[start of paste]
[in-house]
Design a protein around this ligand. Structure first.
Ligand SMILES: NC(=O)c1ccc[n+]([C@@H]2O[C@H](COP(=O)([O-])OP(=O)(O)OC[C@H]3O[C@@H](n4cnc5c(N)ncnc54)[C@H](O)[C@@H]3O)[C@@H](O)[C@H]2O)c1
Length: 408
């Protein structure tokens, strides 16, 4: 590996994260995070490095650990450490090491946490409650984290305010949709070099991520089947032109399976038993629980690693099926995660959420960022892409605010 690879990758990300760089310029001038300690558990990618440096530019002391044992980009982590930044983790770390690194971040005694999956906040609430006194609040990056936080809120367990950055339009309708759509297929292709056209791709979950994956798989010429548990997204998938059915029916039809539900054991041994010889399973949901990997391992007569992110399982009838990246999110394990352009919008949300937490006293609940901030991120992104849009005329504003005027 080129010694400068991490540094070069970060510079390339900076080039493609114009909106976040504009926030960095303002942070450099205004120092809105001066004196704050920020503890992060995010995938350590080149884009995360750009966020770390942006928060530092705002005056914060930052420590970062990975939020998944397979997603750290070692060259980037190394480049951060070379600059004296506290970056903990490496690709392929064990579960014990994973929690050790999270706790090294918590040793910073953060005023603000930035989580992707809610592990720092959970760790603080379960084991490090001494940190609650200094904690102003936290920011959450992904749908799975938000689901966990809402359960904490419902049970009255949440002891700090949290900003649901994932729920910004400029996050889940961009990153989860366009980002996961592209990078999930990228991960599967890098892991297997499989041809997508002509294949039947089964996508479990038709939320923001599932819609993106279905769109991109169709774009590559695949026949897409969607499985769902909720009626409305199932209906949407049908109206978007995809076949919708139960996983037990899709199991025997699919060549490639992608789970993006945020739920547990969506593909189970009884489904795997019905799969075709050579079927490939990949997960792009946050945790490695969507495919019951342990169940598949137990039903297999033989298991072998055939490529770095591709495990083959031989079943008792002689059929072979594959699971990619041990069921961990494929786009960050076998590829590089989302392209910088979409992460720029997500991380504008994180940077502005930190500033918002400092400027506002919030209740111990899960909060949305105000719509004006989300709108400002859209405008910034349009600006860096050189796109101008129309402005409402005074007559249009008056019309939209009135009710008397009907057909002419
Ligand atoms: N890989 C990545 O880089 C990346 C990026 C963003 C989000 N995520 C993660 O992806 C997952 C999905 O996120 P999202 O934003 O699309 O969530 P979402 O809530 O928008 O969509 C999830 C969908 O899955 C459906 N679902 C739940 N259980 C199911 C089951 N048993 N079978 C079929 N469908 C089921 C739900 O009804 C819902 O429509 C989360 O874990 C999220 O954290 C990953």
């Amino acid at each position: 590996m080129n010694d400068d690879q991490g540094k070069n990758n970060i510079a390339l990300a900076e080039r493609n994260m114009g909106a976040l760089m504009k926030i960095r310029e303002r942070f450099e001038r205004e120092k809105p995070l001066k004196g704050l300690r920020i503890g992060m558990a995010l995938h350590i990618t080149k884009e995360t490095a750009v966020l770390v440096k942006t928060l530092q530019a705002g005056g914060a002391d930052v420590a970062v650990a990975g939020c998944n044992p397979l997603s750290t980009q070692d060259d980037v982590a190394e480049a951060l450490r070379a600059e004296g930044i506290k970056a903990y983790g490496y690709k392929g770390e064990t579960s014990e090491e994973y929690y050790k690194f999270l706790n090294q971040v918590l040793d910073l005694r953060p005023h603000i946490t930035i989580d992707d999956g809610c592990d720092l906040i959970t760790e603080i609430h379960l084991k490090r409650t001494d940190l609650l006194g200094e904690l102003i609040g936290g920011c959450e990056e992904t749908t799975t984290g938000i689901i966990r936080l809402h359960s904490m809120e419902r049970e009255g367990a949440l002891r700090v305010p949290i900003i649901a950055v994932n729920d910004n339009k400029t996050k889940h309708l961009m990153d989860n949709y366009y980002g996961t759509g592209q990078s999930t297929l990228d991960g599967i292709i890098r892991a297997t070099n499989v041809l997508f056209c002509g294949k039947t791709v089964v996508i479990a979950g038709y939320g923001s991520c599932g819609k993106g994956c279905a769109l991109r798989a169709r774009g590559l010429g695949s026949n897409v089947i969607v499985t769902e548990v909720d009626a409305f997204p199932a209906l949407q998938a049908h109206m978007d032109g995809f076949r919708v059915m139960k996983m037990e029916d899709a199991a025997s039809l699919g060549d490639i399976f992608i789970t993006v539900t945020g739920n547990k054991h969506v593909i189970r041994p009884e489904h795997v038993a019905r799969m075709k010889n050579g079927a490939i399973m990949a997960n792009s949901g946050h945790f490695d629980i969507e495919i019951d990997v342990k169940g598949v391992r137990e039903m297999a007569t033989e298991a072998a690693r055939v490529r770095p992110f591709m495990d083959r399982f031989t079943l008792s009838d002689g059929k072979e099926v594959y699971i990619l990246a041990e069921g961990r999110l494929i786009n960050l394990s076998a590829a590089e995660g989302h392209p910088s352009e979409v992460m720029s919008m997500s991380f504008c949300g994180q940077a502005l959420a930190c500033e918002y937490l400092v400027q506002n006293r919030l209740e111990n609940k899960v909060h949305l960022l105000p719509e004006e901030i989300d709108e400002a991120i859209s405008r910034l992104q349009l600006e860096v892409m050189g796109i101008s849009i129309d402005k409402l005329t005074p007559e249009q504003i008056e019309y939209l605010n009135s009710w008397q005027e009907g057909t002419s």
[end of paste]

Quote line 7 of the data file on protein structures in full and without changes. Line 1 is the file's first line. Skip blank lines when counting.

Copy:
């Amino acid at each position: 590996m080129n010694d400068d690879q991490g540094k070069n990758n970060i510079a390339l990300a900076e080039r493609n994260m114009g909106a976040l760089m504009k926030i960095r310029e303002r942070f450099e001038r205004e120092k809105p995070l001066k004196g704050l300690r920020i503890g992060m558990a995010l995938h350590i990618t080149k884009e995360t490095a750009v966020l770390v440096k942006t928060l530092q530019a705002g005056g914060a002391d930052v420590a970062v650990a990975g939020c998944n044992p397979l997603s750290t980009q070692d060259d980037v982590a190394e480049a951060l450490r070379a600059e004296g930044i506290k970056a903990y983790g490496y690709k392929g770390e064990t579960s014990e090491e994973y929690y050790k690194f999270l706790n090294q971040v918590l040793d910073l005694r953060p005023h603000i946490t930035i989580d992707d999956g809610c592990d720092l906040i959970t760790e603080i609430h379960l084991k490090r409650t001494d940190l609650l006194g200094e904690l102003i609040g936290g920011c959450e990056e992904t749908t799975t984290g938000i689901i966990r936080l809402h359960s904490m809120e419902r049970e009255g367990a949440l002891r700090v305010p949290i900003i649901a950055v994932n729920d910004n339009k400029t996050k889940h309708l961009m990153d989860n949709y366009y980002g996961t759509g592209q990078s999930t297929l990228d991960g599967i292709i890098r892991a297997t070099n499989v041809l997508f056209c002509g294949k039947t791709v089964v996508i479990a979950g038709y939320g923001s991520c599932g819609k993106g994956c279905a769109l991109r798989a169709r774009g590559l010429g695949s026949n897409v089947i969607v499985t769902e548990v909720d009626a409305f997204p199932a209906l949407q998938a049908h109206m978007d032109g995809f076949r919708v059915m139960k996983m037990e029916d899709a199991a025997s039809l699919g060549d490639i399976f992608i789970t993006v539900t945020g739920n547990k054991h969506v593909i189970r041994p009884e489904h795997v038993a019905r799969m075709k010889n050579g079927a490939i399973m990949a997960n792009s949901g946050h945790f490695d629980i969507e495919i019951d990997v342990k169940g598949v391992r137990e039903m297999a007569t033989e298991a072998a690693r055939v490529r770095p992110f591709m495990d083959r399982f031989t079943l008792s009838d002689g059929k072979e099926v594959y699971i990619l990246a041990e069921g961990r999110l494929i786009n960050l394990s076998a590829a590089e995660g989302h392209p910088s352009e979409v992460m720029s919008m997500s991380f504008c949300g994180q940077a502005l959420a930190c500033e918002y937490l400092v400027q506002n006293r919030l209740e111990n609940k899960v909060h949305l960022l105000p719509e004006e901030i989300d709108e400002a991120i859209s405008r910034l992104q349009l600006e860096v892409m050189g796109i101008s849009i129309d402005k409402l005329t005074p007559e249009q504003i008056e019309y939209l605010n009135s009710w008397q005027e009907g057909t002419s």